Saturday, April 5, 2014

Difference between templates in C++ and generics in Java


Explain the difference between templates in C++ and generics in Java.


C++ Java
In C++ templates, parameters can be any type or integral. That's why you can create truly generic functions and classes, with the caveat of a looser typing.
std::map<int, int> mapping;

But in Java, parameters can only be reference types (not primitive types). In Java they are basically syntactic sugar to minimize boilerplate casting of Objects.
Map<Integer, Integer> mapping;

For C++ templates, Separate copies of the class or function are likely to be generated for each type parameter when compiled. However for Java generics, only one version of the class or function is compiled and it works for all type parameters.
For C++ templates, Implementation source code of the template class or function must be included in order to use it (declaration sufficient).  For Java templates, Signature of the class or function from a compiled class file is sufficient to use it.
C++ templates can be specialized - a separate implementation could be provided for a particular template parameter.  In Java, generics cannot be specialized.
C++ does not support wildcard. Instead, return types are often available as nested typedefs Java supports wildcard as type parameter if it is only used once. The following Java code is valid:

void printCollection(Collection<?> c) {
    for (Object e : c) {
In C++, static variables are not shared between classes of different type parameters.  In Java, static variables are shared between instances of a classes of different type parameters.
C++ templates doesn't provide bound by default. You have to write separate template to do so. Java provides bounds. You can say, the type T extends a particular class, or implement a particular interface.
public class ObservableList<T extends List>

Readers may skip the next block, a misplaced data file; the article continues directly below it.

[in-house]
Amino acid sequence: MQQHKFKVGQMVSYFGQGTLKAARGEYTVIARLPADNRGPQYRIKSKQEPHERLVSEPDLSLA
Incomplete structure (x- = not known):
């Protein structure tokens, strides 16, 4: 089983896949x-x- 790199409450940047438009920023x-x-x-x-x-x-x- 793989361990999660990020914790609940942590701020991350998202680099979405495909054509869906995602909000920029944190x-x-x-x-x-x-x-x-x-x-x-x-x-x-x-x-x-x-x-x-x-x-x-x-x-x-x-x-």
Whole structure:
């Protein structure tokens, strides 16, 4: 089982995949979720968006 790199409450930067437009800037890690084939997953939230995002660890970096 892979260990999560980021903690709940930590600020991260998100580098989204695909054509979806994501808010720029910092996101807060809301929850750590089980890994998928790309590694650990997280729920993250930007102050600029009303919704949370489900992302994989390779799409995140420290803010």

C# vs Java
Now lets add c# also to the picture.

Java uses the notion of type erasure - a process where the compiler removes all information related to type parameters and type arguments within a class or method. Type erasure enables Java applications that use generics to maintain binary compatibility with Java libraries and applications that were created before generics. In short the underlying compiled classes are not actually generic. They compile down to Object and casts. In effect Java generics are a compile time artifact and can easily be subverted at runtime.

generics in C# (.NET) on the other hand, by virtue of the CLR, implement generics all they way down to the byte code. There is no type erasure by the compiler, and the type checks are performed during runtime. This has its benefits that the type information is preserved in the compiled code. The CLR took several breaking changes in order to support generics in 2.0. The benefits are preformance improvements, deep type safety verification and reflection.

From Wikipedia:
This design choice is leveraged to provide additional functionality, such as allowing reflection with preservation of generic types, as well as alleviating some of the limitations of erasure (such as being unable to create generic arrays). This also means that there is no performance hit from runtime casts and normally expensive boxing conversions.
Rather than saying ".NET generics is better than Java generics", one should look into the difference in the approach to implement generics. In Java, it appears that preserving compatibility was a high priority, while in .NET (when introduced at version 2.0), the realizing the full benefit of using generics was a higher priority.
You can read the detailed differences and uses here. Also, there is a very good conversation between Bruce Eckel and Anders Hejlsberg himself describing the differences here "Generics in C#, Java, and C++".




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